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Smart solutions to avoid JS problems and hacks

faisalpathan profile image faisal khan ・5 min read

In this day and age being a developer and being in a fast-paced environment we have to deliver as quickly as possible.

While trying to deliver quickly, we end up building functionality in an un-optimised way. We start using the first solution on stack-overflow which might not always be the most efficient or correct solution and may even be a hack.

I have listed down some of the inefficient code snippets and hacks that i have seen in multiple codebases and the correct way to tackle those. Let's Begin!


Showtime


1. Native way to reset the window scroll position when navigating between web pages

Today many modern browsers have a tendency to remember the scroll position when navigation between pages on a website, while sometimes that can be very helpful, but at the same time it can cause a problem as well.

When you want to reset the page data or make a API call every time the page is loaded to keep the page updated, this can cause major problems.

Since the browser will always scroll to the previous scroll position and not on the top as expected.

Now in multiple codebases I have seen this handled using window.scrollTo(0,0) on the page mounts. It's a bit laggy since it works after the first paint has happened.

But if we can disable the functionality of the browser to remember the scroll position, then we don’t need to add the hack. That's it.

if (window.history.scrollRestoration) {
  window.history.scrollRestoration = 'manual'; //default is 'auto'
}
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solved


2. Easy and precise way to validate a URL without regex

I think one of the most searched questions and the most answered one is how to validate a basic URL in JS. And I have seen many different types of regex, string matching solutions for it.

But there is a simpler solution using new native URL constructor.

const validateURL = url => {
  try {
   new URL(url)
   return true
  } catch {
   return false
  }
}

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shock


3. Always add throttle or debounce on event listeners like scroll or resize

Whenever you’re listening for events on the page, it’s important to make sure that the event listeners don’t get overwhelmed with processing incoming requests.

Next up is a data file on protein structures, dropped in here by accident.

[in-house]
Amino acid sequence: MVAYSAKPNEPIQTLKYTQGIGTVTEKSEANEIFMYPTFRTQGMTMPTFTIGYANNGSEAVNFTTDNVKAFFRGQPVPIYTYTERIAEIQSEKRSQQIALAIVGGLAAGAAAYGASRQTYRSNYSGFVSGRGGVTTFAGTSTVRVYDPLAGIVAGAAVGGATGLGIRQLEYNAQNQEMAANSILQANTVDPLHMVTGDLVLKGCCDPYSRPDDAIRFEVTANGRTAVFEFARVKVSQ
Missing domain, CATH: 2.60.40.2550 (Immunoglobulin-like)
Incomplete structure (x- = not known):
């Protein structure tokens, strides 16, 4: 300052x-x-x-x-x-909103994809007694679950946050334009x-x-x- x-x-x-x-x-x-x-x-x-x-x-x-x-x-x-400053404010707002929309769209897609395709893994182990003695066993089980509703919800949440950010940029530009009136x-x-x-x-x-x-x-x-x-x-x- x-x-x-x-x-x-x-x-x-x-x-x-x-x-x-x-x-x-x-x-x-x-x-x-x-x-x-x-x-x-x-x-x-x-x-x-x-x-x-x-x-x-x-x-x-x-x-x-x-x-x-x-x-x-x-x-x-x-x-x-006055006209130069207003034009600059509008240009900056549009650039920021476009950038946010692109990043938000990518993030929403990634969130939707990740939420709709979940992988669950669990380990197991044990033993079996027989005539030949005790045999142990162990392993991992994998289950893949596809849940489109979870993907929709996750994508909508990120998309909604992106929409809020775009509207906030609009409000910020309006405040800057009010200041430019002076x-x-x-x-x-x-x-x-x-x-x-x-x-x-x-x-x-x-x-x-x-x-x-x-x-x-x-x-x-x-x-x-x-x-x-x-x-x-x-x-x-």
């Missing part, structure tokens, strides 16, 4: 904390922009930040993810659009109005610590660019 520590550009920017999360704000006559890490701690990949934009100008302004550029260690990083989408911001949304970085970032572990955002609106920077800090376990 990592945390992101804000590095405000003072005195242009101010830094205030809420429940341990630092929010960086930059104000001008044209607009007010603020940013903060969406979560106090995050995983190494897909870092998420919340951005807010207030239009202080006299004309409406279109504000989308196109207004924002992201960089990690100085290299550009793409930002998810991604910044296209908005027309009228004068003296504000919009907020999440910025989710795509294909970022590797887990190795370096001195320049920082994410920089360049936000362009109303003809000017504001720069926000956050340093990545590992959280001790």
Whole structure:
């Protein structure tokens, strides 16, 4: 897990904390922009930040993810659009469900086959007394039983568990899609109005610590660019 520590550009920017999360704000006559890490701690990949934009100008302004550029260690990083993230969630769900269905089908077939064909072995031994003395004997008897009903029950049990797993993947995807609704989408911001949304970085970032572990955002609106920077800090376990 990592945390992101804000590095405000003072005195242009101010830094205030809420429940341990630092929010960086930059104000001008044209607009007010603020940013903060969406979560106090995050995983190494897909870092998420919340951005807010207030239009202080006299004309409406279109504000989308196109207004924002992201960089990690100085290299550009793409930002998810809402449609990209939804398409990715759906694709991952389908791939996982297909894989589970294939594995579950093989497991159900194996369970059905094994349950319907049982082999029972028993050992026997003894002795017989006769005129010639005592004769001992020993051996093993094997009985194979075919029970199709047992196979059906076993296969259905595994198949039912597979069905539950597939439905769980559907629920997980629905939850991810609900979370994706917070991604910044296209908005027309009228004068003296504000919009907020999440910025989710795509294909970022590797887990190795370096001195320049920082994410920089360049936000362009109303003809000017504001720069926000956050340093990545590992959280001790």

Otherwise they can quickly become a bottleneck and cause an unnecessary performance hit.

Where this often turns into an issue is when you have listeners that fire off events in rapid succession, like for scroll on mouse-move or keydown events.

Since scroll events, for instance, can fire off at such a high rate, it’s critical to make sure that the event handler isn’t doing computationally expensive operations. Because if it is, it will be all the more difficult for the browser to keep up.

  • Throttled Version:
const throttle = (fn, wait) => {
    let time = Date.now()
    return () => {
        if ((time + wait - Date.now()) < 0) {
            fn()
            time = Date.now()
        }
    }
}

const cbFuncOnScroll = () => {
    console.log('scroll')
}

const throttledfunc = throttle(cbFuncOnScroll, 200)

document.addEventListener('scroll', throttledfunc)
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  • Debounced Version:
const debounce = (func, delay) => {
    let timeout = ''
    return function() {
        clearTimeout(timeout)
        const context = this
        const args = arguments
        timeout = setTimeout(() => {
            func.apply(context, args)
        }, delay || 500)
    }
}

const cbFuncOnScroll = () => {
    console.log('scroll')
}

const debouncedFunc = debounce(cbFuncOnScroll, 200)

document.addEventListener('scroll', debouncedFunc)
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  • Bonus: Debounce with Window RequestAnimation Frame (Best)
const debounceUsingAnimationFrame = (fn, ...args) => {
    // Setup a timer
    let timeout
    // Return a function to run debounced
    return () => {
        // Setup the arguments
        const context = this

        // If there's a timer, cancel it
        if (timeout) {
            window.cancelAnimationFrame(timeout)
        }

        // Setup the new requestAnimationFrame()